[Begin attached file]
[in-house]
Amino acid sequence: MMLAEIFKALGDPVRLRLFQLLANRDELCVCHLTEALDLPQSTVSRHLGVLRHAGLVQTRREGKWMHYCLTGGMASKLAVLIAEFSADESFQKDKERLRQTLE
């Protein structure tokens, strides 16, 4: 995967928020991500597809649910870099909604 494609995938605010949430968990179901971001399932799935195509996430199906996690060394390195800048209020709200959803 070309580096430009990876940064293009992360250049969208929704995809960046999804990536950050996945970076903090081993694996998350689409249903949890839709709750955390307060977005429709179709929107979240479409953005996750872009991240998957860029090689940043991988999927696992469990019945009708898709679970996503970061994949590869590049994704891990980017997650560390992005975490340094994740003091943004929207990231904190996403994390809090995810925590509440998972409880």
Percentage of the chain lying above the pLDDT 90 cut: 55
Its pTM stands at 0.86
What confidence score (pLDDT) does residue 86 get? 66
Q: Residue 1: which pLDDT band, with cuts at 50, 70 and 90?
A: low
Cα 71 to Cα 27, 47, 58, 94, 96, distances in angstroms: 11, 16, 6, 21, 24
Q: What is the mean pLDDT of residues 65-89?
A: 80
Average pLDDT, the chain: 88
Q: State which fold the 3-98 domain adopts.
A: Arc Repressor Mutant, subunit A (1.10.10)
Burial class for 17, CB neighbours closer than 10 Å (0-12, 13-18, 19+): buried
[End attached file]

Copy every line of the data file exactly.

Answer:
[in-house]
Amino acid sequence: MMLAEIFKALGDPVRLRLFQLLANRDELCVCHLTEALDLPQSTVSRHLGVLRHAGLVQTRREGKWMHYCLTGGMASKLAVLIAEFSADESFQKDKERLRQTLE
């Protein structure tokens, strides 16, 4: 995967928020991500597809649910870099909604 494609995938605010949430968990179901971001399932799935195509996430199906996690060394390195800048209020709200959803 070309580096430009990876940064293009992360250049969208929704995809960046999804990536950050996945970076903090081993694996998350689409249903949890839709709750955390307060977005429709179709929107979240479409953005996750872009991240998957860029090689940043991988999927696992469990019945009708898709679970996503970061994949590869590049994704891990980017997650560390992005975490340094994740003091943004929207990231904190996403994390809090995810925590509440998972409880």
Percentage of the chain lying above the pLDDT 90 cut: 55
Its pTM stands at 0.86
What confidence score (pLDDT) does residue 86 get? 66
Q: Residue 1: which pLDDT band, with cuts at 50, 70 and 90?
A: low
Cα 71 to Cα 27, 47, 58, 94, 96, distances in angstroms: 11, 16, 6, 21, 24
Q: What is the mean pLDDT of residues 65-89?
A: 80
Average pLDDT, the chain: 88
Q: State which fold the 3-98 domain adopts.
A: Arc Repressor Mutant, subunit A (1.10.10)
Burial class for 17, CB neighbours closer than 10 Å (0-12, 13-18, 19+): buried